The latest issue of the Journal of Biblical Literature contains Michel Gourgues’s article, “Jesus’s Testimony before Pilate in 1 Timothy 6:13” (JBL 135:3 : 639-48)- the abstract can be viewed here. Gourgues notes the fact that outside of the Gospels and Acts, 1 Timothy is the only other place Pilate is mentioned. Arguing from the context and structure of the passage in 1 Timothy 6 and verbal parallels with the account of Jesus’s trial in John, Gourgues argues that 1 Timothy 6:13 draws from John’s gospel (or traditions behind John’s gospel). He sees this as confirming a later date for the composition of 1 Timothy.
I appreciated Gourgues’s attention to the context and structure of 1 Timothy 6. He mentions but dismisses (rightly, I think) those who explain this text as simply pre-formed material inserted into the letter. He notes that the pieces fit together reasonably so that if pre-formed material is used it has been shaped to fit the context.
I think most would agree with his point that the confession of Jesus in 6:13 parallels the confession called for from Timothy in 6:12. I agree and think that the historical appeal to the example of Jesus is meant to bolster Timothy in an analogous situation. Gourgues argues that this confession of Timothy’s was most likely a baptismal confession. This is reasonable, though I’m not sure it can be proven. The idea of this being a baptismal confession is then the basis for looking for traditional material which could provide the basis for the language in 6:13. Gourgues then notes several verbal parallels between 1 Timothy and John’s gospel. These are interesting and potentially significant parallels, but the article ends abruptly stating that these parallels “suggest” 1 Timothy 6:13 alludes to “the Johannine version of Jesus’s appearance before Pilate” (648). This then “suggests” a late date for 1 Timothy.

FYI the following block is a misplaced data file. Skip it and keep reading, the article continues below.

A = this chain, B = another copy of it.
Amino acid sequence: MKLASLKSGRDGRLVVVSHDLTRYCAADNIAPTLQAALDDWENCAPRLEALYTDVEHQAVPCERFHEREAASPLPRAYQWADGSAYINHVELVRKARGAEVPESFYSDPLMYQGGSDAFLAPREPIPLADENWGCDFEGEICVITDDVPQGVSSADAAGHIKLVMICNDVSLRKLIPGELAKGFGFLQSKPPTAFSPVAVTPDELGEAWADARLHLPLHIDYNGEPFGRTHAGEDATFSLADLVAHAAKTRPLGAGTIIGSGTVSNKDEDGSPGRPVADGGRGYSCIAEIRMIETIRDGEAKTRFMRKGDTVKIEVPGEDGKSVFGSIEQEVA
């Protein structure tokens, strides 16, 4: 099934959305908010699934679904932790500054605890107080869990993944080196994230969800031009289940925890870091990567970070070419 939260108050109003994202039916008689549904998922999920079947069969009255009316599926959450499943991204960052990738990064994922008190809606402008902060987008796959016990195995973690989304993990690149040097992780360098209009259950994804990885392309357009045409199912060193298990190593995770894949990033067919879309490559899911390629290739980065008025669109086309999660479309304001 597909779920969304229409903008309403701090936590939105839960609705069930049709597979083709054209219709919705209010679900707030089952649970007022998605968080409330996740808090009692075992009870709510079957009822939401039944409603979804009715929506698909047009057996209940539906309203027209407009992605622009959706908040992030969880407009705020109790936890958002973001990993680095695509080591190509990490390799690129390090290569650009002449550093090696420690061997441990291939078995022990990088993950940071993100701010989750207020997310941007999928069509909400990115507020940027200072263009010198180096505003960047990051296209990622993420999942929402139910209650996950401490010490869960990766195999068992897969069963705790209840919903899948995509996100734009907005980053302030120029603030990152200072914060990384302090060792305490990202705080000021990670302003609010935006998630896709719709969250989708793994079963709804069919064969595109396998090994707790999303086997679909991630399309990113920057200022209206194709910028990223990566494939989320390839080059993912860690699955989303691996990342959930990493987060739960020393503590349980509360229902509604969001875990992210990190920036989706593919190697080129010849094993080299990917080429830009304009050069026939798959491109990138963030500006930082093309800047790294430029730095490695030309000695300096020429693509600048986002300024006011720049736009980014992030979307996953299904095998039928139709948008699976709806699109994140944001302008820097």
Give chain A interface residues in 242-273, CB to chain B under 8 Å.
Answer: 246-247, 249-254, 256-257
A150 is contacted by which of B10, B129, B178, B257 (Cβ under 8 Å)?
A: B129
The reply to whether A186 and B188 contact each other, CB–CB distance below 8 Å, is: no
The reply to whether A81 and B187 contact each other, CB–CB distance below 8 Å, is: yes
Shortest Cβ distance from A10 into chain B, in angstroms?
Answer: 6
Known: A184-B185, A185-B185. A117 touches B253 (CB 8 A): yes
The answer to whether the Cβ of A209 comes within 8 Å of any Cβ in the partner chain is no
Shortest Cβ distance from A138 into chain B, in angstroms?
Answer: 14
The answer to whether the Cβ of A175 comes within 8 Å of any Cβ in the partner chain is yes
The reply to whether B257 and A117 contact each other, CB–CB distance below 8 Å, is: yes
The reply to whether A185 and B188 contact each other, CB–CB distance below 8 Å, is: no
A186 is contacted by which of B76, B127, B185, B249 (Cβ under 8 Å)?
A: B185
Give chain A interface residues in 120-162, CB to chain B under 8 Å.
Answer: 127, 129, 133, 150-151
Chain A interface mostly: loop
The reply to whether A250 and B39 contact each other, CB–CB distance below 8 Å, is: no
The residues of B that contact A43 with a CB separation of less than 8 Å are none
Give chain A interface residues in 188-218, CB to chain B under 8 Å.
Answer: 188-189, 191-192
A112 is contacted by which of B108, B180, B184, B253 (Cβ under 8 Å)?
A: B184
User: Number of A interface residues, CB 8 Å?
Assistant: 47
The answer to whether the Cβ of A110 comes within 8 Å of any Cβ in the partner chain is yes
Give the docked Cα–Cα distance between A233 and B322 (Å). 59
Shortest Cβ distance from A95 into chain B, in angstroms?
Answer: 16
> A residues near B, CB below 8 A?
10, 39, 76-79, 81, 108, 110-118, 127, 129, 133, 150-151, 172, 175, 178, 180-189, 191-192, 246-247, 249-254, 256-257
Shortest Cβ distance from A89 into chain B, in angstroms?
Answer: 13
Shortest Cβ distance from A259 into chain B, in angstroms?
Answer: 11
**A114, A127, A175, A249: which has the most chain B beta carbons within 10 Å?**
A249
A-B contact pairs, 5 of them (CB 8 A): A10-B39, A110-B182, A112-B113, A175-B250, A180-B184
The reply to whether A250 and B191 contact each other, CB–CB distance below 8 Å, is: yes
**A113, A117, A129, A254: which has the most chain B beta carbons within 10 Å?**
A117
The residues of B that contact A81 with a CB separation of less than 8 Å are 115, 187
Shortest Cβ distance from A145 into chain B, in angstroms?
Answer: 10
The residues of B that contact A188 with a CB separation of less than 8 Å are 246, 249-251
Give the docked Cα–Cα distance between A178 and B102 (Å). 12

I find the conclusion of the article disappointing. There is some interesting information here, but he hurries to a conclusion where I thought it needed more reflection and reasoning. I am not convinced that enough evidence was marshalled to make a strong case for literary borrowing from John’s gospel. Furthermore, though he briefly acknowledges the possibility of drawing from traditions pre-dating the writing of John’s gospel, he does not adequately consider that this could undo his thesis.
So, this is an interesting article worth reading, though I am unconvinced of his thesis in the end. Hopefully Gourgues will show us elsewhere some more of his thinking on this data.